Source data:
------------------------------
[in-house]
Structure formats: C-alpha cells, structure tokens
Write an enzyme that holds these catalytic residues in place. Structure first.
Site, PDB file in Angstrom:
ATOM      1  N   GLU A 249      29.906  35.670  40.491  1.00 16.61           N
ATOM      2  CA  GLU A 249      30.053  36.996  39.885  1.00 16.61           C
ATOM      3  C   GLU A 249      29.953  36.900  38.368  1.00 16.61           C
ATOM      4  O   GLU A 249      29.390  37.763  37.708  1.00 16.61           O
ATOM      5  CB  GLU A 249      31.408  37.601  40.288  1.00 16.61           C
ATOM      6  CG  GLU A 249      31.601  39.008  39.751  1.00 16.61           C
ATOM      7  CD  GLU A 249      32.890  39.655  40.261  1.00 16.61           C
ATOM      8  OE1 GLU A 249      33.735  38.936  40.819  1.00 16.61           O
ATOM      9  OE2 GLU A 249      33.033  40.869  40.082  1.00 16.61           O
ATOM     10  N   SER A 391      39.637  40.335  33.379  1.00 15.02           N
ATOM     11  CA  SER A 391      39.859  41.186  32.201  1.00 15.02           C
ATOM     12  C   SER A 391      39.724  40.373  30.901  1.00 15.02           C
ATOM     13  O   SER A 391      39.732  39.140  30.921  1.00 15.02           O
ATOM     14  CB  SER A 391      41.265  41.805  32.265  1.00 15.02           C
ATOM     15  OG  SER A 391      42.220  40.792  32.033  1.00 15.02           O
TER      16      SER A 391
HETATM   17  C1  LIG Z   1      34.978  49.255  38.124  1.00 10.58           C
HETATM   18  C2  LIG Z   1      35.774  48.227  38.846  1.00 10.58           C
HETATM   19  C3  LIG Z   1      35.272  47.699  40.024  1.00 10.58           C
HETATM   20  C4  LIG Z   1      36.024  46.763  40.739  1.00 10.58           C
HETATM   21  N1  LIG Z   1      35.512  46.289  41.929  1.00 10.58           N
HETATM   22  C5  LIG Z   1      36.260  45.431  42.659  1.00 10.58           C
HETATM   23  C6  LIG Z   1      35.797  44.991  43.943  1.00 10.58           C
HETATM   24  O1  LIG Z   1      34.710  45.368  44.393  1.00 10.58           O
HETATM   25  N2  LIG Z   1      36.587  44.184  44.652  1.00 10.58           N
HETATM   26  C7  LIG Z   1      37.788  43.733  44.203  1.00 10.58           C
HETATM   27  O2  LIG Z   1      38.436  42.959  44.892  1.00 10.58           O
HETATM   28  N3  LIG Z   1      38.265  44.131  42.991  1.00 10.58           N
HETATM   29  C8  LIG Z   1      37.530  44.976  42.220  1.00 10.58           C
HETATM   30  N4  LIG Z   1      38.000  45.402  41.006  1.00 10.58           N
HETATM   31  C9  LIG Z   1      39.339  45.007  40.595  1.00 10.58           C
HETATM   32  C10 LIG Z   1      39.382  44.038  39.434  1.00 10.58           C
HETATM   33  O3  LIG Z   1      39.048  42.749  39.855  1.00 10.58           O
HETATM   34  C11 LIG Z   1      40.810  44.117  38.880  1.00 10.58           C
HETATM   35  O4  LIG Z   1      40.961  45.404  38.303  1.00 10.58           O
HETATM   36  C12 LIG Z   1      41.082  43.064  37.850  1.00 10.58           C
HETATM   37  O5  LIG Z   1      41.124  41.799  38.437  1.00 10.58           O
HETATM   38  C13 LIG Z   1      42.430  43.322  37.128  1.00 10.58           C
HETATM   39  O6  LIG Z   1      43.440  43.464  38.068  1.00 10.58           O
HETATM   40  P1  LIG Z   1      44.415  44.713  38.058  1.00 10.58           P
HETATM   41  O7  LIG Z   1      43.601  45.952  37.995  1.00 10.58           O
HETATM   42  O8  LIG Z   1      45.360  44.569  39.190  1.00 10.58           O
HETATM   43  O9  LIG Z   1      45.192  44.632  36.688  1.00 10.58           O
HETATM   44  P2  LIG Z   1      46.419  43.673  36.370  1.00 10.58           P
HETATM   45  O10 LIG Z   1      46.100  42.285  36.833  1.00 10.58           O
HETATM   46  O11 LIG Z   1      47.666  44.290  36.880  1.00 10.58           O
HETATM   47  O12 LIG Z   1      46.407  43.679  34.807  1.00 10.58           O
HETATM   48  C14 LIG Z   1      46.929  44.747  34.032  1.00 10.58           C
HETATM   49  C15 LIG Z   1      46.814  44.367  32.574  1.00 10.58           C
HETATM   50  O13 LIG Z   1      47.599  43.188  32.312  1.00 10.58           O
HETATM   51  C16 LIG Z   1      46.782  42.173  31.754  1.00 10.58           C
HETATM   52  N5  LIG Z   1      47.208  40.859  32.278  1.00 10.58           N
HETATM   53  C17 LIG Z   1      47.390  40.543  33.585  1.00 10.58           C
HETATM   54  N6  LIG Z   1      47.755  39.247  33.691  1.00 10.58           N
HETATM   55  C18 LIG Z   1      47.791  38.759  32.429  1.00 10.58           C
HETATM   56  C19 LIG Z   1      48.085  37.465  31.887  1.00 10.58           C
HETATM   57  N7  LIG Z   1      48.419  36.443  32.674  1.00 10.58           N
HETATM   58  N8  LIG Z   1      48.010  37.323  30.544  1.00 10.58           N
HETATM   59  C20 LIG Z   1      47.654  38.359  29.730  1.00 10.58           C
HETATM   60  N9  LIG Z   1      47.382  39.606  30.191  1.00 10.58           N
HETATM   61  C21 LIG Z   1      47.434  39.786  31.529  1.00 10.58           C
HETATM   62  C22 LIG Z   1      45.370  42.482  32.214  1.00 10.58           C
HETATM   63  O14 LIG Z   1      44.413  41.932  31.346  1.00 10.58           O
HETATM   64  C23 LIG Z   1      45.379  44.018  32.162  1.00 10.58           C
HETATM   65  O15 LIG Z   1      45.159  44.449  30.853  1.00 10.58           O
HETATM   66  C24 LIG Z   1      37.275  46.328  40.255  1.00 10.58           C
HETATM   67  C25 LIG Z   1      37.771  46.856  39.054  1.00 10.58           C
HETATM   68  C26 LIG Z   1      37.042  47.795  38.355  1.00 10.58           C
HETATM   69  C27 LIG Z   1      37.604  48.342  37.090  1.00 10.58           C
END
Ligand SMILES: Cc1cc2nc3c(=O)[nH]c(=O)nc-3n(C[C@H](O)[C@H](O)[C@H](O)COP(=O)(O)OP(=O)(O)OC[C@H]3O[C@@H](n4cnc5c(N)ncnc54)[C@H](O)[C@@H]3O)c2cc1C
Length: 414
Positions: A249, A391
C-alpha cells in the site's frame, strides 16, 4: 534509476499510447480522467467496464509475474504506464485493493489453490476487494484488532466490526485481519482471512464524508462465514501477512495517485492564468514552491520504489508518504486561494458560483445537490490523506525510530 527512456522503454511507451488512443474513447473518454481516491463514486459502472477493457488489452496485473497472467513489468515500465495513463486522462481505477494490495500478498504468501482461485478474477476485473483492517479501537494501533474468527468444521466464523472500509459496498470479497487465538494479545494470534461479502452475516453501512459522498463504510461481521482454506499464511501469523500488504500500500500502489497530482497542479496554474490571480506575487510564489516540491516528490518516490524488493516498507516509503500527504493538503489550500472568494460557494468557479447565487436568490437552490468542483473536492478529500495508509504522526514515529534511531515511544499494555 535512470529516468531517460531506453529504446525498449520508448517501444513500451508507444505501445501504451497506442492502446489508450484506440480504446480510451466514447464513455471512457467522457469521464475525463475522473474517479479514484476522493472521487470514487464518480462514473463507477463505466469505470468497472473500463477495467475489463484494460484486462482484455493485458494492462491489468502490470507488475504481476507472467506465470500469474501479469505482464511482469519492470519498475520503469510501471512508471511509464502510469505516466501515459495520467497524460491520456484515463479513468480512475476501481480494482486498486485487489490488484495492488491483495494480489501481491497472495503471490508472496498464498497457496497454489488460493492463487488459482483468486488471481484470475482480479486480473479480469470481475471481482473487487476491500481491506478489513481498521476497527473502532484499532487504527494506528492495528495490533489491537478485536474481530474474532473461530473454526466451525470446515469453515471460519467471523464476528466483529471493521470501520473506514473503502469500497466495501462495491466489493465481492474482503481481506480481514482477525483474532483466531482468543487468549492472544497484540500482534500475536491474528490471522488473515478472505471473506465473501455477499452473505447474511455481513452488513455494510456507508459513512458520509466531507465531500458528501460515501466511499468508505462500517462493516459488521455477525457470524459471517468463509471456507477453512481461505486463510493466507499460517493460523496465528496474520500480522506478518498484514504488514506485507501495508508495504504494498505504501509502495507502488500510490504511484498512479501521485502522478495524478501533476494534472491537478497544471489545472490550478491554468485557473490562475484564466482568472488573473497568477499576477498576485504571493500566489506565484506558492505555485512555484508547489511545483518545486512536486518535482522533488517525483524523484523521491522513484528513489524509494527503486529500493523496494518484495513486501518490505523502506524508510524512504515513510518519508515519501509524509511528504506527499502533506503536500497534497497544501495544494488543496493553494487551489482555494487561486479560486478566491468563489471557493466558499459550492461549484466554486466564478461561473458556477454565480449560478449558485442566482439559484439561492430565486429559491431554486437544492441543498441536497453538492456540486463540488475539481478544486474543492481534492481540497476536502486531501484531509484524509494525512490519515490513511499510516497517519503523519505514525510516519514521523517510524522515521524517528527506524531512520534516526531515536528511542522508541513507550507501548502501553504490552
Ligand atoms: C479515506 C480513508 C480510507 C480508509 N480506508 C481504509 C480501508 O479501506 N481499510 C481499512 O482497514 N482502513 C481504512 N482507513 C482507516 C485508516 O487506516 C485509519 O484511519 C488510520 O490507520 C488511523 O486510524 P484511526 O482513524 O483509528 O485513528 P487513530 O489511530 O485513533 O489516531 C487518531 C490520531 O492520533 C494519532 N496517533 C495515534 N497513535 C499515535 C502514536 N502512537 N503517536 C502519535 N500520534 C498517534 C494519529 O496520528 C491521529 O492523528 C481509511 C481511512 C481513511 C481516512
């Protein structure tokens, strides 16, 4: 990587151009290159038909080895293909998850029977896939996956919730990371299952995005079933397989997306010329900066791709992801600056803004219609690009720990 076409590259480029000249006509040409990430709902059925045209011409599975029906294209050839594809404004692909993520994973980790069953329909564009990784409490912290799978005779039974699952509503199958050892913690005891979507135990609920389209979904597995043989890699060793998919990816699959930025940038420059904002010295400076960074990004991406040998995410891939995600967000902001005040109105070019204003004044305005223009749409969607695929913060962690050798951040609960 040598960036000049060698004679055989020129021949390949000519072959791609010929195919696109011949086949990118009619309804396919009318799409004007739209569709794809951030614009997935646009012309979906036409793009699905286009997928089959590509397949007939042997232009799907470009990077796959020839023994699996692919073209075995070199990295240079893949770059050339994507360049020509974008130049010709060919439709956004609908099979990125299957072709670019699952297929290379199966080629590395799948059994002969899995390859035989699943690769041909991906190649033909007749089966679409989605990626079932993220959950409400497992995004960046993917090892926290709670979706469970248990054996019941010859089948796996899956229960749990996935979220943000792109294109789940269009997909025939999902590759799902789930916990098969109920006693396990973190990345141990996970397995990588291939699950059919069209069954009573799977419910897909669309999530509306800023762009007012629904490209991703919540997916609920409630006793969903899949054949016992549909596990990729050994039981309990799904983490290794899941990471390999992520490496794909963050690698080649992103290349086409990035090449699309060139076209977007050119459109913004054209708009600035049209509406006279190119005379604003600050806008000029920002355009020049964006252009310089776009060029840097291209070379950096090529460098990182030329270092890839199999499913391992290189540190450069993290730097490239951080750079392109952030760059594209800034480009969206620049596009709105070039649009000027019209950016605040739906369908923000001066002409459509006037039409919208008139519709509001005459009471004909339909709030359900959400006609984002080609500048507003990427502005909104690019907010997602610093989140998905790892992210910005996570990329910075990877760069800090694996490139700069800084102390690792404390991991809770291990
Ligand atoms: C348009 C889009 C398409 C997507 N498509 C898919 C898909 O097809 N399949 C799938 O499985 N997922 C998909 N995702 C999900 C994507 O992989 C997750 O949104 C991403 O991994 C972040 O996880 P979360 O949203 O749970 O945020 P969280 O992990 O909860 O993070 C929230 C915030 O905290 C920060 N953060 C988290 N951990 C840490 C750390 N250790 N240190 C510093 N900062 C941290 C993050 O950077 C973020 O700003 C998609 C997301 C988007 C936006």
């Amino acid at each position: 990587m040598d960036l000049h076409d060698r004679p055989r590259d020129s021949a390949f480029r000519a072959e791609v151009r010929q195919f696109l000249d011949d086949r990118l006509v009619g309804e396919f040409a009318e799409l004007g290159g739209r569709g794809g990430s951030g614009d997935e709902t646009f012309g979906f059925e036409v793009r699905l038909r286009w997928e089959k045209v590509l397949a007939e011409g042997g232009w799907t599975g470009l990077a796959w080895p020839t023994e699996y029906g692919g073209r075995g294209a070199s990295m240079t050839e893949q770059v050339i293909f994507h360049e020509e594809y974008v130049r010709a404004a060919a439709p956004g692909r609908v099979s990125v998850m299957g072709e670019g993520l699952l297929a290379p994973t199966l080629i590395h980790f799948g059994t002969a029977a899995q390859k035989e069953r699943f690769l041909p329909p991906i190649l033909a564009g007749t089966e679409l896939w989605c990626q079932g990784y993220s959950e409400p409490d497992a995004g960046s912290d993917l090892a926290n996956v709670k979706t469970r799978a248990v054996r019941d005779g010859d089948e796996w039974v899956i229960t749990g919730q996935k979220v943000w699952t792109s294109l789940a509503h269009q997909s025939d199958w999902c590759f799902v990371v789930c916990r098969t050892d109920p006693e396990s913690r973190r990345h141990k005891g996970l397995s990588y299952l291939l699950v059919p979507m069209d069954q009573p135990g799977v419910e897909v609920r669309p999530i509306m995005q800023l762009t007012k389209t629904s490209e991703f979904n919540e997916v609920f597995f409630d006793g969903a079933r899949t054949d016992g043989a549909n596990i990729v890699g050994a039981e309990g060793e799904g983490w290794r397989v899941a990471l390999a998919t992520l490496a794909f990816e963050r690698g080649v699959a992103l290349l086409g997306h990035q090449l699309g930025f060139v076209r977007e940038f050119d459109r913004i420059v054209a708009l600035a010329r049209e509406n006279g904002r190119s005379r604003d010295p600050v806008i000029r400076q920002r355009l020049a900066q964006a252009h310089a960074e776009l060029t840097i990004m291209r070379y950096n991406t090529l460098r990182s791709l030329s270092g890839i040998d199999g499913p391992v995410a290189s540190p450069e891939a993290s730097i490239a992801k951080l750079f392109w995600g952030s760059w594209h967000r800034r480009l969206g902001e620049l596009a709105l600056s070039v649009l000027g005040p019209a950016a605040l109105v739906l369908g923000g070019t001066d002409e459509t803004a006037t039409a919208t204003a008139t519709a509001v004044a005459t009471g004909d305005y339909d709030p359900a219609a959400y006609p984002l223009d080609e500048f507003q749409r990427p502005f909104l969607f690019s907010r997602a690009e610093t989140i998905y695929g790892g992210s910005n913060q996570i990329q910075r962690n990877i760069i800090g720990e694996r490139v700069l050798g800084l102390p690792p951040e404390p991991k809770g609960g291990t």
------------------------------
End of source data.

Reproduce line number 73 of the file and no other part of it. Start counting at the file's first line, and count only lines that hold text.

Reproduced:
HETATM   69  C27 LIG Z   1      37.604  48.342  37.090  1.00 10.58           C